Marry Cantwell of Mount Vernon Presbyterian School in Sandy Springs, Georgia, is the director of the first Designed Thinking K-12 initiative in Atlanta, and one of the few in the country. Grown from the Mount Vernon Center for Designed Thinking the i.Design Lab is modeled after the Hasso Plattner Institute of Design at Stanford, or commonly known as d.school, wherein 21st century learners are not only encouraged to solve problems, but to define them. Cantwell has taken the d.school’s approach for designed thinking and applied it to develop her own new and unique “going D.E.E.P.” process, (Discover, Empathy, Experiment and Produce), and used this model to help students think about problems in new ways.
The program has been a success so far, beginning with the first project given to the lower school students last year, which was to design the 25th century classroom. Since then, MVCDT built that classroom and invited an Atlanta based CEO to help develop with another project in designing apps. i.Design then paired high school and lower school students together to build the apps which the students designed together, combining designed thinking and digital learning.
Melody Cannon, Language Arts teacher at MVPS has fears, though that 21st century learners unavoidable pitfall will occur as the role of technology turns into a crutch. Cannon bills digital learning not as a be all and end all.
“You need to be able to walk outside and find out what clouds are made of. Learn what a birds song sounds like,” says Cannon.
Cannon says digital learning can be a “distraction” and people are used to “googling.” Cannon believes tablets and laptops pose a threat when games and other distractions are readily available, but hand held web-driven devices such as Kindles or Nooks can transform the way educators and students interact, but criticizes them for not having e-textbooks readily available when the iPad has programs such as Inkling and Our Choice.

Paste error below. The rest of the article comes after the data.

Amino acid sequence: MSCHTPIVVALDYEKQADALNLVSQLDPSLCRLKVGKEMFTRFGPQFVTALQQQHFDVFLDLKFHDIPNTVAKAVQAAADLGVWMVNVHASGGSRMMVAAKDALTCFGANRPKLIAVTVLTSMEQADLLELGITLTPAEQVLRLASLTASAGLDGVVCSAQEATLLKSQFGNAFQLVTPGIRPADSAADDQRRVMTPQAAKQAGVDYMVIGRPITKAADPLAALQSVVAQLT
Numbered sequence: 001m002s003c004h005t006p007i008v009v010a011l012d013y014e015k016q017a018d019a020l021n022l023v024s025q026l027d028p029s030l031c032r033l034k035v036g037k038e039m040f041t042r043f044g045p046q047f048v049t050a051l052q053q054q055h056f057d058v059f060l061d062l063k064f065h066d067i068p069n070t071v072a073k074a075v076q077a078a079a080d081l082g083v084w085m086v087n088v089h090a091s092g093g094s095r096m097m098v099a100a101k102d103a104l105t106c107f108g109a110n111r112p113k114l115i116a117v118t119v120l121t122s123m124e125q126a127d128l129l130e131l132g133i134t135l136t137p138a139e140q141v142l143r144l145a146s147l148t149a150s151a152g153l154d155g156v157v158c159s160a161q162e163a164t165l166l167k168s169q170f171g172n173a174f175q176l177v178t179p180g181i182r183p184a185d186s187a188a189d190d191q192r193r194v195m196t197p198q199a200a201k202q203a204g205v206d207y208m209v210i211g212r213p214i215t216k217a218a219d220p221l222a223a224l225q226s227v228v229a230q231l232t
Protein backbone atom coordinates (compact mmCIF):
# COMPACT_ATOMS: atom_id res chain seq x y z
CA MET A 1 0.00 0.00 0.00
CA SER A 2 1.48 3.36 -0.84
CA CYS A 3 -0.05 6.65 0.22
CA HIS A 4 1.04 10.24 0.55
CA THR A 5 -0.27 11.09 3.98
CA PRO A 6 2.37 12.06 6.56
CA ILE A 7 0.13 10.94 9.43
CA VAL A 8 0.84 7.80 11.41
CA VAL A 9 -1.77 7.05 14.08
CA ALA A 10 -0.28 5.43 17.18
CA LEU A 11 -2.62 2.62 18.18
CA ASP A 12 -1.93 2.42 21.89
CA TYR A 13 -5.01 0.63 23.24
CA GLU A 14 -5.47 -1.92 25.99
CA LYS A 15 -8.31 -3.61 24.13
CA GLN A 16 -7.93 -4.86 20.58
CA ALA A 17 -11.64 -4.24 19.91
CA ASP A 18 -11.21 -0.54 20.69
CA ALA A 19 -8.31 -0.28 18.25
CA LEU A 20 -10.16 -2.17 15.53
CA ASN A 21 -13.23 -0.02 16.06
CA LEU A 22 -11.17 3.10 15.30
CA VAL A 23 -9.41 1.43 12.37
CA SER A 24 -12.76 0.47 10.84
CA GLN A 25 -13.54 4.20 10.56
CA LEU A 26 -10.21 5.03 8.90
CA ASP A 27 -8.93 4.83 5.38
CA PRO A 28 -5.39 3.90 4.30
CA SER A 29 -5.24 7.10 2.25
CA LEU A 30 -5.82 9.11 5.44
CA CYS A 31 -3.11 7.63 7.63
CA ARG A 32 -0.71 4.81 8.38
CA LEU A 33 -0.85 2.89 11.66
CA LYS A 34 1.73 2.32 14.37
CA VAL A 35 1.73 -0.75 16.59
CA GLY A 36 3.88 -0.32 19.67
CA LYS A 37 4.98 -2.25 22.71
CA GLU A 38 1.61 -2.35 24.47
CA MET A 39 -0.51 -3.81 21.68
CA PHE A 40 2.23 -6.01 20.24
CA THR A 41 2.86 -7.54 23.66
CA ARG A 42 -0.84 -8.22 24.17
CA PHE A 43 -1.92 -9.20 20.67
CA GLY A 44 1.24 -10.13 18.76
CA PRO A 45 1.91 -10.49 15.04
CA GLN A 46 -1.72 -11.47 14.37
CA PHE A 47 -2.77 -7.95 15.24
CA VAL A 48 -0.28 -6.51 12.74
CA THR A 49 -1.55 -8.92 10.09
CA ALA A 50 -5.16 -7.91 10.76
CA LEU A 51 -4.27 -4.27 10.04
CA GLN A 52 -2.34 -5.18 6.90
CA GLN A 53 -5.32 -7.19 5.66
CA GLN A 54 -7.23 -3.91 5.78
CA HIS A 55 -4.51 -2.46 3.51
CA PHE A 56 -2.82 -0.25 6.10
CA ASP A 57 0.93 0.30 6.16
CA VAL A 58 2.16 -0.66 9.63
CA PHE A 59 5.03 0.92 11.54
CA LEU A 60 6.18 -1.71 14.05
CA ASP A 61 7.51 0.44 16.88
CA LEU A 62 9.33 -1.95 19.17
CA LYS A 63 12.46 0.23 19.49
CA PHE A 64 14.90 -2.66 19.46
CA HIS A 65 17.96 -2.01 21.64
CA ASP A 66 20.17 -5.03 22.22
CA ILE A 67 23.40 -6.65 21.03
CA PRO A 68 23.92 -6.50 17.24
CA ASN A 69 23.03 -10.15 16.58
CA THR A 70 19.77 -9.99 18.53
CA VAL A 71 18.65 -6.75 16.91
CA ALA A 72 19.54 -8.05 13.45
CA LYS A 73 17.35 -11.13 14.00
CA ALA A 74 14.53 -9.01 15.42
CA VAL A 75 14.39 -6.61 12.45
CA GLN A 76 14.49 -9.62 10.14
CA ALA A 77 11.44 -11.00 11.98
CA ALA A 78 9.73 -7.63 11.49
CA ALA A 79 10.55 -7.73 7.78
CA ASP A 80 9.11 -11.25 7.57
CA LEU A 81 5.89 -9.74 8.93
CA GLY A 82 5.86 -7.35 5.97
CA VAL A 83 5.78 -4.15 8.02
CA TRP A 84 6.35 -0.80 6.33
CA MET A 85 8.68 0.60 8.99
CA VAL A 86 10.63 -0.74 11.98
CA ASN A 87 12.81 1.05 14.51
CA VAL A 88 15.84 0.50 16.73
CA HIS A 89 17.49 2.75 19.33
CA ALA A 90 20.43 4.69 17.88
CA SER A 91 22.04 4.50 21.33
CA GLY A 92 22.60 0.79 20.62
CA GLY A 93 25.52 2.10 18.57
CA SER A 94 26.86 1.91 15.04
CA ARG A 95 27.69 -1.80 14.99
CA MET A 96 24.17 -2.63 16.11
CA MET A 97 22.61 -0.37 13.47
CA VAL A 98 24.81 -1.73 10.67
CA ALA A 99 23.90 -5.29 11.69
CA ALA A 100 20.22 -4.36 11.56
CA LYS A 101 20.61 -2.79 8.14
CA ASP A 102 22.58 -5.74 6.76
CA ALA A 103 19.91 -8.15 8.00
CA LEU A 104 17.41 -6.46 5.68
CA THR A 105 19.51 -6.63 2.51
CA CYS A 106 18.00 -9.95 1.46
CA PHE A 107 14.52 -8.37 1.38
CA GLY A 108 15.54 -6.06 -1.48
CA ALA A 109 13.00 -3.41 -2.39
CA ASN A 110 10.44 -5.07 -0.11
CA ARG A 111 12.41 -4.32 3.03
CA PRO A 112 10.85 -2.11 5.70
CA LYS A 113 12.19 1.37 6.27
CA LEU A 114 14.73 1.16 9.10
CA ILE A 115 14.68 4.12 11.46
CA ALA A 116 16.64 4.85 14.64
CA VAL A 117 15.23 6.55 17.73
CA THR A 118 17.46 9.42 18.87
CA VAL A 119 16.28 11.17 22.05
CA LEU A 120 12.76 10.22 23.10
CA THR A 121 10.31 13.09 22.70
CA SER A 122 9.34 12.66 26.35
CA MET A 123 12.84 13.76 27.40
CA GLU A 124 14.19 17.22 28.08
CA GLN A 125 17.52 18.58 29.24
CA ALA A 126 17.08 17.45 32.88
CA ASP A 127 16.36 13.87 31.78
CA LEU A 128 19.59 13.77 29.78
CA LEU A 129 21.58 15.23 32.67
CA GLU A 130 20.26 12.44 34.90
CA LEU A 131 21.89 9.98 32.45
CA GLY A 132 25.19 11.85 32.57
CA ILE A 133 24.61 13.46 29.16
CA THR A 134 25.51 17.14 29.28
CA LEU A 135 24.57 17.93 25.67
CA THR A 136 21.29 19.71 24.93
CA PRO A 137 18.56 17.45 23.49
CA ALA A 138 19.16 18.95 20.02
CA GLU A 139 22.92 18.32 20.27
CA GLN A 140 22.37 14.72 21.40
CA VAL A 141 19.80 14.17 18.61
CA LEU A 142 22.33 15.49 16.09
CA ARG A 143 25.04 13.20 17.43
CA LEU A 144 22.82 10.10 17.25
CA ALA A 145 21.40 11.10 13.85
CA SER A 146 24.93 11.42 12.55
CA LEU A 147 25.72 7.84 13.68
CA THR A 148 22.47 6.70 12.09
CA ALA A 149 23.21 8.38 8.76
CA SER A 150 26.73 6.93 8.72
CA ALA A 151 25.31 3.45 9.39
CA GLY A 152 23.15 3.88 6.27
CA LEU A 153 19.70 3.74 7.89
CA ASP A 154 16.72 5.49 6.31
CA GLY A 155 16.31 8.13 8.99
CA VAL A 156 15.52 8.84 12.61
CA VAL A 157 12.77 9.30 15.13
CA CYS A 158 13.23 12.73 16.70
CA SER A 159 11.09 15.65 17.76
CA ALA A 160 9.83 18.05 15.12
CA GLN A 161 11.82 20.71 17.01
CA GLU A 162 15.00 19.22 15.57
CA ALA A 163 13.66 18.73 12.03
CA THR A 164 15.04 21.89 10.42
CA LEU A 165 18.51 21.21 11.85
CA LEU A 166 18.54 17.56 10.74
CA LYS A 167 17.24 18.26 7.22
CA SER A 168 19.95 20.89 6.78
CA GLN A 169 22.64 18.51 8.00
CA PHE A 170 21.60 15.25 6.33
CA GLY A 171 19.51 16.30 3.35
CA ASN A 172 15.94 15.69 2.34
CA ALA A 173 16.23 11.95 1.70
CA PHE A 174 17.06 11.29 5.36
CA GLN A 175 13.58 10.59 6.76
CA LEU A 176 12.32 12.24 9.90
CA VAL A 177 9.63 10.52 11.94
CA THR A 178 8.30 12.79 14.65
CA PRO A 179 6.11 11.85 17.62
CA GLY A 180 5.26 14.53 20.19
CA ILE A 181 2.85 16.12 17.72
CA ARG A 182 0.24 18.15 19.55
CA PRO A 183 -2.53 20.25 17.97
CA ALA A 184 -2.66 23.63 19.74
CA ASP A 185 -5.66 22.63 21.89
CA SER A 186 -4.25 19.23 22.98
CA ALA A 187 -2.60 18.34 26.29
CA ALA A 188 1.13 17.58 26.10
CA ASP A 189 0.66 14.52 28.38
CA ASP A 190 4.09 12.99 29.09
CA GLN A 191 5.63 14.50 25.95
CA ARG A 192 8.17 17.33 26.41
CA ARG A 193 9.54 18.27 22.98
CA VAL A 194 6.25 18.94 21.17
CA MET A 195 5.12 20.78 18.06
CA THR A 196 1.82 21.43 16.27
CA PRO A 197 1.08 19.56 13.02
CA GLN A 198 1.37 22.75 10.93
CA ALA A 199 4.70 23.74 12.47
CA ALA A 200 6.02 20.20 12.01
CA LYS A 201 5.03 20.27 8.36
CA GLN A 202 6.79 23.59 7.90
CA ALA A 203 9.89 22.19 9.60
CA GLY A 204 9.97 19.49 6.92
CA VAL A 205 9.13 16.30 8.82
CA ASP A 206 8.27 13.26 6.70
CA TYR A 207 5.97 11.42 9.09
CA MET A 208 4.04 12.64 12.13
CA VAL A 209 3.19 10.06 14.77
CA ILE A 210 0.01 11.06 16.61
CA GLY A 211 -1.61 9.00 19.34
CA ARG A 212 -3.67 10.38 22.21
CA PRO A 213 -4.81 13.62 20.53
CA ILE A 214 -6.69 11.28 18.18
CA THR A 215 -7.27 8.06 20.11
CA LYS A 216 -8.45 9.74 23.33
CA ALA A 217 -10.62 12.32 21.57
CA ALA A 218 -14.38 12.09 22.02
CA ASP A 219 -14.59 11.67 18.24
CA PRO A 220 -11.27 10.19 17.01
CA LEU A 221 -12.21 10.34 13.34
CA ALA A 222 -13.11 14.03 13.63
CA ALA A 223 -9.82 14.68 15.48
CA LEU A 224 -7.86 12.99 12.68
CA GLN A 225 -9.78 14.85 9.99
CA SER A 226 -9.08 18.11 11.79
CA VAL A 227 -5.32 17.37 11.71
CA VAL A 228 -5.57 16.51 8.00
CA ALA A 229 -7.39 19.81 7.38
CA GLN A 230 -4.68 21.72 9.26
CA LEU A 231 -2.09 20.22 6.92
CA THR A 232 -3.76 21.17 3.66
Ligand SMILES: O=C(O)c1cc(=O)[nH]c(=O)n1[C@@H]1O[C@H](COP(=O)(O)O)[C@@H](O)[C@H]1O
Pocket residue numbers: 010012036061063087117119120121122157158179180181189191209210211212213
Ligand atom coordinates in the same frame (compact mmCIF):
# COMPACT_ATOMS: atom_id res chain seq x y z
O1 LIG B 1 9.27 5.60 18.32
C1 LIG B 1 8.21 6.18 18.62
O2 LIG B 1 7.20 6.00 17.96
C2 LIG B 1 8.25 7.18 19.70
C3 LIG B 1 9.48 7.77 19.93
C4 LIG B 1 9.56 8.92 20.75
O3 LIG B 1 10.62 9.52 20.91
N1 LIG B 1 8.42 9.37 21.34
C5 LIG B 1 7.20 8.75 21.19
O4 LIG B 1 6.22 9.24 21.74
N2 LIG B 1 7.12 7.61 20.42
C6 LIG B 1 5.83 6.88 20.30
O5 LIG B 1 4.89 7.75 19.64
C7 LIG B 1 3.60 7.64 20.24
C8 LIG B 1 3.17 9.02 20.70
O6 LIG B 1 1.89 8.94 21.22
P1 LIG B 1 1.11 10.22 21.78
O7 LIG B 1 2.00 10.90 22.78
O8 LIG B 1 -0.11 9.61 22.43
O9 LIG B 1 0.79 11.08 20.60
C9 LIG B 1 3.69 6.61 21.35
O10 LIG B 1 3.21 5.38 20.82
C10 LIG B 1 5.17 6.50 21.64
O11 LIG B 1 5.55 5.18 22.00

Doctor Hite, 9th grade World History teacher at MVPS believes that there is a gap in understanding how digital learning is done though.
“There’s a common misconception that young people understand technology right off the bat… that old people don’t know how to use technology,“ says Hite.
Hite believes learning how to use a laptop in the classroom is no different than learning the fundamentals of note taking.
Hite says, “A pen and a pad don’t make you a good writer” and the same can be applied to digital learning since, “just because you have a blog doesn’t mean you can write well.”
Technology is a tool, but without the proper training it’s useless, however Hite asserts technology’s ability to aid student’s organization skills, general performance and output in school is boundless.
The outlook of 21st century learners rely on innovative processes much like Kennesaw, Georgia based iSchool Initiative. iSchool, founded by Kennesaw State University student Travis Allen, aims to empower students through revolutionizing the way we learn using all technology. The iSchool Initiative has gathered that buying an iPad can save money versus total costs of textbooks etc. in the long run and predicated that within the next 10 years, textbooks will be gone from the classroom. From Designed Thinking to Digital Learning, It is the voice of Allen’s and every other 21st century learner that will shape the way we learn in the future.
Allen says, “Technology is compared to Oxygen, ubiquitous and invisible,” and much like learning it’s all around us, but it isn’t until we start to think about the way we learn that change occurs.